That’s amazing — how cool it is knowing there’s someone besides me that has a huge thing for the ’73 Pontiacs! Funny you should mention Burnished Umber because I have another ’73 Bonneville that was originally this color. It’s a 4-door sedan with the “basic group” and was purchased for $200 at an impound auction 10-15 years ago for the drivetrain. But the darn thing was so reliable that I kept it intact. I’d post a pic but Paul needs the bandwidth and this car has been repainted some awful color and has been hit in the front on top of that.
There’s a Starlight black ’73 GP in the garage and two ’73 Grand Ville parts cars behind the barn. One is Florentine red and the other Admiralty Blue.
There’s a Golden Olive GV convertible, Verdant Green Grand Prix, Starlight Black Grand Am, Ascot Silver Grand Am 4-door, & Florentine red GTO in Alabama that I’m trying to get back as well but they are deteriorating fast. The GV is probably the only one still worth saving at this point.
I have maybe one or two photos of the ex-beloved Bonneville somewhere but no scanner. It had a very odd option combo & was likely a 1 of 1. Oh well!
That’s awesome that you still have those brochures! When I bought my black GP, I was surprised to find a brochure that was an overview of the ’73 models — it didn’t go into as much detail as the ones you have but it does have the paint chips in the back. I still look at it every now & then 🙂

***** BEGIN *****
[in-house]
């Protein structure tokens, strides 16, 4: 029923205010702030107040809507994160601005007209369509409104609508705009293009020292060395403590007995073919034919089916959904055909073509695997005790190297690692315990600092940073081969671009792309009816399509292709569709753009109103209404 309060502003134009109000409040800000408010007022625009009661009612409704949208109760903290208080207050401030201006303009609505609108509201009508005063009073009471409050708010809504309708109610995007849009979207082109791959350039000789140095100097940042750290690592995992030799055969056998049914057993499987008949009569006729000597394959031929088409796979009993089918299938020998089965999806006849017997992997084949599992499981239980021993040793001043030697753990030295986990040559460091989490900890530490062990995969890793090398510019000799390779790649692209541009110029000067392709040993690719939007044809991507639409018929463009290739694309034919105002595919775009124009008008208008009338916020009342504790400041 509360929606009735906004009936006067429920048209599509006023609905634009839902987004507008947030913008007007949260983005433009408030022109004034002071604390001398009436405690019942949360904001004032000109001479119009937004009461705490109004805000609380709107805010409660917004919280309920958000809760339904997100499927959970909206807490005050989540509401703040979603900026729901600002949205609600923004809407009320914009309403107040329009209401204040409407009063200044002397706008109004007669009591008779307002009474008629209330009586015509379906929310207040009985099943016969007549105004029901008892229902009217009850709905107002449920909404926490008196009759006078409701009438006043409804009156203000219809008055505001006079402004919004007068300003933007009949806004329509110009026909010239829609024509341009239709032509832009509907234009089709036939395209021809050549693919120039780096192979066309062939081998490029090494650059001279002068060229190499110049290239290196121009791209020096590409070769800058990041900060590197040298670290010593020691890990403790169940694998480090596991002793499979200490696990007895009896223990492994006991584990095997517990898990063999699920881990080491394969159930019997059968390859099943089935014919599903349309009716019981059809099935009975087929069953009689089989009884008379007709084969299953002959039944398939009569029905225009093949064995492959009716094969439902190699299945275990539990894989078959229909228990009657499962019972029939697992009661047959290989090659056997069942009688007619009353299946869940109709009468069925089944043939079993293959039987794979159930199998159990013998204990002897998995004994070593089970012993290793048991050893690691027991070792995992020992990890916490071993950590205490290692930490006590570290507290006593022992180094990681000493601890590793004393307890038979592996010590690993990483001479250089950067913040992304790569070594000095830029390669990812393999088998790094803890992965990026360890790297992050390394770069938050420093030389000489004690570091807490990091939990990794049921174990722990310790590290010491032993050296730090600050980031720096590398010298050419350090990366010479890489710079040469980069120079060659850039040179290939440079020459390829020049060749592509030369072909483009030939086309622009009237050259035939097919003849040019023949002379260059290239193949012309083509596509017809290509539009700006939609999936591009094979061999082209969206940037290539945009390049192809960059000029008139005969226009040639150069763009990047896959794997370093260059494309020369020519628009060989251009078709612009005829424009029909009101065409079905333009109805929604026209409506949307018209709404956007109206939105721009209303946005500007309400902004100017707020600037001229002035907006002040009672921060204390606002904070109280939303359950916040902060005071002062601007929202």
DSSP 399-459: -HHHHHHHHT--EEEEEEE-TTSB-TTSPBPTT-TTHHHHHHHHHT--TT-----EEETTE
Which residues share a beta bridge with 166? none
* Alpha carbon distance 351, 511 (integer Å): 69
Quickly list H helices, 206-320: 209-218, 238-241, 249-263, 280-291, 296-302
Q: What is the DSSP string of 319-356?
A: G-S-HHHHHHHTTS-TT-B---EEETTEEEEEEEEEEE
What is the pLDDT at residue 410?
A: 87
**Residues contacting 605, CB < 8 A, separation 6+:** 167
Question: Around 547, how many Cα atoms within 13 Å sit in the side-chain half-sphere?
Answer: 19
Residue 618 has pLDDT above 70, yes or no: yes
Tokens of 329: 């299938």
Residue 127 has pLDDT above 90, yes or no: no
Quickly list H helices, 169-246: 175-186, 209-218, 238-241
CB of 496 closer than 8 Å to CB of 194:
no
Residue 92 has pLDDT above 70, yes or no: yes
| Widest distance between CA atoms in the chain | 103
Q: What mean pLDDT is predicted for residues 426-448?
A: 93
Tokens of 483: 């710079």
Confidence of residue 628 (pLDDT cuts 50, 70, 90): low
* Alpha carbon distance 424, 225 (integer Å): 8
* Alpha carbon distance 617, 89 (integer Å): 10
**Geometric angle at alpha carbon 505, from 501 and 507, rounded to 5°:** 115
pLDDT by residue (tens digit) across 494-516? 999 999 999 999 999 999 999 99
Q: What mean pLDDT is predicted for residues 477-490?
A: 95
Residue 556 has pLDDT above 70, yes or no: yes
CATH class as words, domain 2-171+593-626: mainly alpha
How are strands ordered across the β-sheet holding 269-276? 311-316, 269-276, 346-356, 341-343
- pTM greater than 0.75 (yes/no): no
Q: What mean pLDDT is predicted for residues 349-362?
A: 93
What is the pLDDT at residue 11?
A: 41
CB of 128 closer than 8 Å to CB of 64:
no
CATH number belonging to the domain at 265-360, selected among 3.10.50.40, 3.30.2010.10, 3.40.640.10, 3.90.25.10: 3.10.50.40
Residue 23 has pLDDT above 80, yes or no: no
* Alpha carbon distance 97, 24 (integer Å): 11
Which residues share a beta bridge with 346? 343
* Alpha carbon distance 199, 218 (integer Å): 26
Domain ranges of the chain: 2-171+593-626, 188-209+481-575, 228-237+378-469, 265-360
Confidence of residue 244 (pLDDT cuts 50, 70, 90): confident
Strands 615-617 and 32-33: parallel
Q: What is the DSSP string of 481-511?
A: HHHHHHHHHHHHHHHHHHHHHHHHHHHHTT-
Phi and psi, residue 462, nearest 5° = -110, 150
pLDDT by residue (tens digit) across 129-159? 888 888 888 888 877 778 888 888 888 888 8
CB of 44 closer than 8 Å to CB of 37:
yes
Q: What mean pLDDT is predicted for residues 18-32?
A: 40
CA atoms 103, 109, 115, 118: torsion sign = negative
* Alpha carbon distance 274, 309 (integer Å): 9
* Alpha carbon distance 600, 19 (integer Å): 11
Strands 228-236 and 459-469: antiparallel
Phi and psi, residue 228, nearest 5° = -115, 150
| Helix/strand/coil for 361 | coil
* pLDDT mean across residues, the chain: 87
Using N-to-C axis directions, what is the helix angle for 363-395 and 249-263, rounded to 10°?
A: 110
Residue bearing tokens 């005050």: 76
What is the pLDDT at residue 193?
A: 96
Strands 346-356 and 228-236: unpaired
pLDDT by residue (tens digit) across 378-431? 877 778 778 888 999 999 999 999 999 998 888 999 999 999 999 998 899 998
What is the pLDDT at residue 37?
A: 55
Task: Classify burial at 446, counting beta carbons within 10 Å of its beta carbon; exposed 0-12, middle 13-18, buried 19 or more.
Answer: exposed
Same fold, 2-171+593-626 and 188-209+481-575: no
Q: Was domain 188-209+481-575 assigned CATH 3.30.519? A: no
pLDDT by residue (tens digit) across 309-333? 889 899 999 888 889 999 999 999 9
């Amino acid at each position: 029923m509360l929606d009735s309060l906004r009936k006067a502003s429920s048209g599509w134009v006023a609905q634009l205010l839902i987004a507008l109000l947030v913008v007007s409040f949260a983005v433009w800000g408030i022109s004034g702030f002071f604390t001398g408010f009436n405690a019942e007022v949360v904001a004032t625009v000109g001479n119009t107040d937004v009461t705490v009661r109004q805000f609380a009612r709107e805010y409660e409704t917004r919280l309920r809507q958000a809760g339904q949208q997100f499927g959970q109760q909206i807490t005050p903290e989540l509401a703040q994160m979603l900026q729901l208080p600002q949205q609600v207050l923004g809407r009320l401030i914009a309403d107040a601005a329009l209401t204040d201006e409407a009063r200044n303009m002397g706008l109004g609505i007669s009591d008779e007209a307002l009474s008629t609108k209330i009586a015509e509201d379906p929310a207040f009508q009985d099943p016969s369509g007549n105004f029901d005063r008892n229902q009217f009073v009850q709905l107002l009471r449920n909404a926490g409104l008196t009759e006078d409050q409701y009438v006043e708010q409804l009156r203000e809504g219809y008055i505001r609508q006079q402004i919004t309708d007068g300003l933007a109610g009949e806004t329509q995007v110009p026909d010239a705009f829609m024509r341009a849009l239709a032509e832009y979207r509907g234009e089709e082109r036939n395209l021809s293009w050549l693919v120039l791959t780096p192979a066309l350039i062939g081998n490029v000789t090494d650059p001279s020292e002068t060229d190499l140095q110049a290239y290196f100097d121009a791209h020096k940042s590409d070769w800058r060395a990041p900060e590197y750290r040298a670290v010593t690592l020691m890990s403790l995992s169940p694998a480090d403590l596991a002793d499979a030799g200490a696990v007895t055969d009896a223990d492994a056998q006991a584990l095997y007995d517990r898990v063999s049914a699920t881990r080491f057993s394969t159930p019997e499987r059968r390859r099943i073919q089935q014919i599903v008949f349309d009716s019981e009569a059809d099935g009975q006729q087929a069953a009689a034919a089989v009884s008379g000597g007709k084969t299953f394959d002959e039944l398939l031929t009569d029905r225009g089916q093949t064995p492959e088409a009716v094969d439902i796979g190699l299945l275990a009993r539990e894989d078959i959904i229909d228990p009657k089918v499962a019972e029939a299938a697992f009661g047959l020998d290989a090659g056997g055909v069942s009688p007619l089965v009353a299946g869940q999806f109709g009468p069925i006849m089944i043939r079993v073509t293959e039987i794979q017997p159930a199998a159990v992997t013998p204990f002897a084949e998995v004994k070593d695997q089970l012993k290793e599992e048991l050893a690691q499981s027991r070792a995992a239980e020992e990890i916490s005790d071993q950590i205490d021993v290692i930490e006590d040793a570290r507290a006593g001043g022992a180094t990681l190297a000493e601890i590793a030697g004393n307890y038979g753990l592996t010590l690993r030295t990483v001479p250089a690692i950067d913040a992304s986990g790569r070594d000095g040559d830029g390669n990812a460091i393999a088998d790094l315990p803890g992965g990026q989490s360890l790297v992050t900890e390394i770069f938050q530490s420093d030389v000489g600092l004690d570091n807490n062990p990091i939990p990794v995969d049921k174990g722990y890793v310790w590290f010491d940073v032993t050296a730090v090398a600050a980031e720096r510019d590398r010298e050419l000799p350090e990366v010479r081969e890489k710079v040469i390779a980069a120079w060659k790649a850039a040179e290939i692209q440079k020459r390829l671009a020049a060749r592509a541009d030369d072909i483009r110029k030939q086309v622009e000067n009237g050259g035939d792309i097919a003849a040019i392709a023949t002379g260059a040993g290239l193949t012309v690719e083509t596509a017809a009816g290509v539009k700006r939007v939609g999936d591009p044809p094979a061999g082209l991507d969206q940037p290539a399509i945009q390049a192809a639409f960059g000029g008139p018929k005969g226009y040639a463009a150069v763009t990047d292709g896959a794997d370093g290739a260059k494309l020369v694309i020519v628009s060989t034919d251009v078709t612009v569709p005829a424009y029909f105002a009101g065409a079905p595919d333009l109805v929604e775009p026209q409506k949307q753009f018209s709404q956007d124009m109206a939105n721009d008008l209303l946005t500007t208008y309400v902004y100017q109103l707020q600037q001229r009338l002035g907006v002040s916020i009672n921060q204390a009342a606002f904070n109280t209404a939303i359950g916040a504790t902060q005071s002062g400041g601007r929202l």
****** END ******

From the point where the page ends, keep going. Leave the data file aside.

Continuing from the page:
Man, what an awesome collection of ’73 Pontiacs! So funny that you have a Burnished Umber (or at least was at one time) Bonneville. Good luck getting the cars out of Alabama. They all sound sweet, even if they all aren’t worth saving. If the GTO was just a bit older, there’d be a huge market for that one. Not sure how many people want to pay up for the last of the “real” mid-size GTOs. I think the Grand Ams are cool too–how does the Endura nose hold up over time? I’ve always wondered about that…
Speaking of Verdant Green GPs, there was one in my neighborhood when I was a kid. White vinyl top, white buckets inside, rally wheels, sport mirrors. Sweet looking car. Another ’73 GP lived a few doors down, and it had a pretty unusual option mix. Regatta Blue, no vinyl roof, sport mirrors, finned wheel covers, bumper guards front and rear, inside was blue with a BENCH seat, but the car had all the power options, the gauge package with tachometer, rear defroster (in Louisiana!) and the top radio. What was the odd option mix on your ’73 Golden Olive Bonneville coupe? It’s so interesting how you could equip the cars back then any way you wanted, and I’m always curious about the really unique, strange combos.